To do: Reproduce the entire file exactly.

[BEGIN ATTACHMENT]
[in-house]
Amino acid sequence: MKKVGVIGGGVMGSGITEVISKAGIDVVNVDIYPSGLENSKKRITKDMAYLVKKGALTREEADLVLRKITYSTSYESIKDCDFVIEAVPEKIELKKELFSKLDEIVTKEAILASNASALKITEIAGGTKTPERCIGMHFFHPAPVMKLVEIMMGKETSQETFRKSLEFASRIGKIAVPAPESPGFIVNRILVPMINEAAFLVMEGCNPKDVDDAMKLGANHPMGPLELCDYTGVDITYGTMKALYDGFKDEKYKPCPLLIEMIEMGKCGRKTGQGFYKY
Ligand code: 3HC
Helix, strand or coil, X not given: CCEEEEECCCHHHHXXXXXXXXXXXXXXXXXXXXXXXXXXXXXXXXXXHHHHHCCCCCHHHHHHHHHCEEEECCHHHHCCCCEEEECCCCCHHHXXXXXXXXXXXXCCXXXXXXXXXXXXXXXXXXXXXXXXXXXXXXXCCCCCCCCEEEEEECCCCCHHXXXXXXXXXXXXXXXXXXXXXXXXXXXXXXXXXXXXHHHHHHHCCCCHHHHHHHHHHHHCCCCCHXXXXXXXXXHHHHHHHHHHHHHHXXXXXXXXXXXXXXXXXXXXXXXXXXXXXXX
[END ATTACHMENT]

[in-house]
Amino acid sequence: MKKVGVIGGGVMGSGITEVISKAGIDVVNVDIYPSGLENSKKRITKDMAYLVKKGALTREEADLVLRKITYSTSYESIKDCDFVIEAVPEKIELKKELFSKLDEIVTKEAILASNASALKITEIAGGTKTPERCIGMHFFHPAPVMKLVEIMMGKETSQETFRKSLEFASRIGKIAVPAPESPGFIVNRILVPMINEAAFLVMEGCNPKDVDDAMKLGANHPMGPLELCDYTGVDITYGTMKALYDGFKDEKYKPCPLLIEMIEMGKCGRKTGQGFYKY
Ligand code: 3HC
Helix, strand or coil, X not given: CCEEEEECCCHHHHXXXXXXXXXXXXXXXXXXXXXXXXXXXXXXXXXXHHHHHCCCCCHHHHHHHHHCEEEECCHHHHCCCCEEEECCCCCHHHXXXXXXXXXXXXCCXXXXXXXXXXXXXXXXXXXXXXXXXXXXXXXCCCCCCCCEEEEEECCCCCHHXXXXXXXXXXXXXXXXXXXXXXXXXXXXXXXXXXXXHHHHHHHCCCCHHHHHHHHHHHHCCCCCHXXXXXXXXXHHHHHHHHHHHHHHXXXXXXXXXXXXXXXXXXXXXXXXXXXXXXX